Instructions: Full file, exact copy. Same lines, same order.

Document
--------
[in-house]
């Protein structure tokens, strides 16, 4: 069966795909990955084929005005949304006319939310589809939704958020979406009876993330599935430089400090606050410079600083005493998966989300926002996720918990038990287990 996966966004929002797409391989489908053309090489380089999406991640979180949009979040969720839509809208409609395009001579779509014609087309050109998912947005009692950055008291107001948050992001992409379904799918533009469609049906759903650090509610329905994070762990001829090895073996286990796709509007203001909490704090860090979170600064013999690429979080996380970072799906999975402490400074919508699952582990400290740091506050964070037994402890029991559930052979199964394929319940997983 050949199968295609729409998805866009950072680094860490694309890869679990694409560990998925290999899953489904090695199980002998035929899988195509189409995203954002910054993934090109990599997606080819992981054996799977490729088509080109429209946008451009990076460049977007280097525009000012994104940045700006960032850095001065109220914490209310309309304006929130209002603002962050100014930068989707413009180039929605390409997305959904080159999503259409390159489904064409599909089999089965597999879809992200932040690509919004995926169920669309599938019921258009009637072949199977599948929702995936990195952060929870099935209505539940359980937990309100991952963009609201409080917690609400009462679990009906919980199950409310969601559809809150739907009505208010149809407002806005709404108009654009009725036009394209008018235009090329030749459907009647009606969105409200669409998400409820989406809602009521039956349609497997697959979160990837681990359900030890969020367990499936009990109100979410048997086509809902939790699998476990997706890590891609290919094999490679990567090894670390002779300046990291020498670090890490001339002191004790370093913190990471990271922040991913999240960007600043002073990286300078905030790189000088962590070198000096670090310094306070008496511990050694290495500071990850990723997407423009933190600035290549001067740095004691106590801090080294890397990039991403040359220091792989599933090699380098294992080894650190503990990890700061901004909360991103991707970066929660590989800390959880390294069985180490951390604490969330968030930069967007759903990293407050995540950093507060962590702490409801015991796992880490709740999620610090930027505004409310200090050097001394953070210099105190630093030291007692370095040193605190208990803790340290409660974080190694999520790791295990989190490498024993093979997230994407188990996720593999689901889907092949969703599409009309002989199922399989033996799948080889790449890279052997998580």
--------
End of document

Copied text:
[in-house]
């Protein structure tokens, strides 16, 4: 069966795909990955084929005005949304006319939310589809939704958020979406009876993330599935430089400090606050410079600083005493998966989300926002996720918990038990287990 996966966004929002797409391989489908053309090489380089999406991640979180949009979040969720839509809208409609395009001579779509014609087309050109998912947005009692950055008291107001948050992001992409379904799918533009469609049906759903650090509610329905994070762990001829090895073996286990796709509007203001909490704090860090979170600064013999690429979080996380970072799906999975402490400074919508699952582990400290740091506050964070037994402890029991559930052979199964394929319940997983 050949199968295609729409998805866009950072680094860490694309890869679990694409560990998925290999899953489904090695199980002998035929899988195509189409995203954002910054993934090109990599997606080819992981054996799977490729088509080109429209946008451009990076460049977007280097525009000012994104940045700006960032850095001065109220914490209310309309304006929130209002603002962050100014930068989707413009180039929605390409997305959904080159999503259409390159489904064409599909089999089965597999879809992200932040690509919004995926169920669309599938019921258009009637072949199977599948929702995936990195952060929870099935209505539940359980937990309100991952963009609201409080917690609400009462679990009906919980199950409310969601559809809150739907009505208010149809407002806005709404108009654009009725036009394209008018235009090329030749459907009647009606969105409200669409998400409820989406809602009521039956349609497997697959979160990837681990359900030890969020367990499936009990109100979410048997086509809902939790699998476990997706890590891609290919094999490679990567090894670390002779300046990291020498670090890490001339002191004790370093913190990471990271922040991913999240960007600043002073990286300078905030790189000088962590070198000096670090310094306070008496511990050694290495500071990850990723997407423009933190600035290549001067740095004691106590801090080294890397990039991403040359220091792989599933090699380098294992080894650190503990990890700061901004909360991103991707970066929660590989800390959880390294069985180490951390604490969330968030930069967007759903990293407050995540950093507060962590702490409801015991796992880490709740999620610090930027505004409310200090050097001394953070210099105190630093030291007692370095040193605190208990803790340290409660974080190694999520790791295990989190490498024993093979997230994407188990996720593999689901889907092949969703599409009309002989199922399989033996799948080889790449890279052997998580």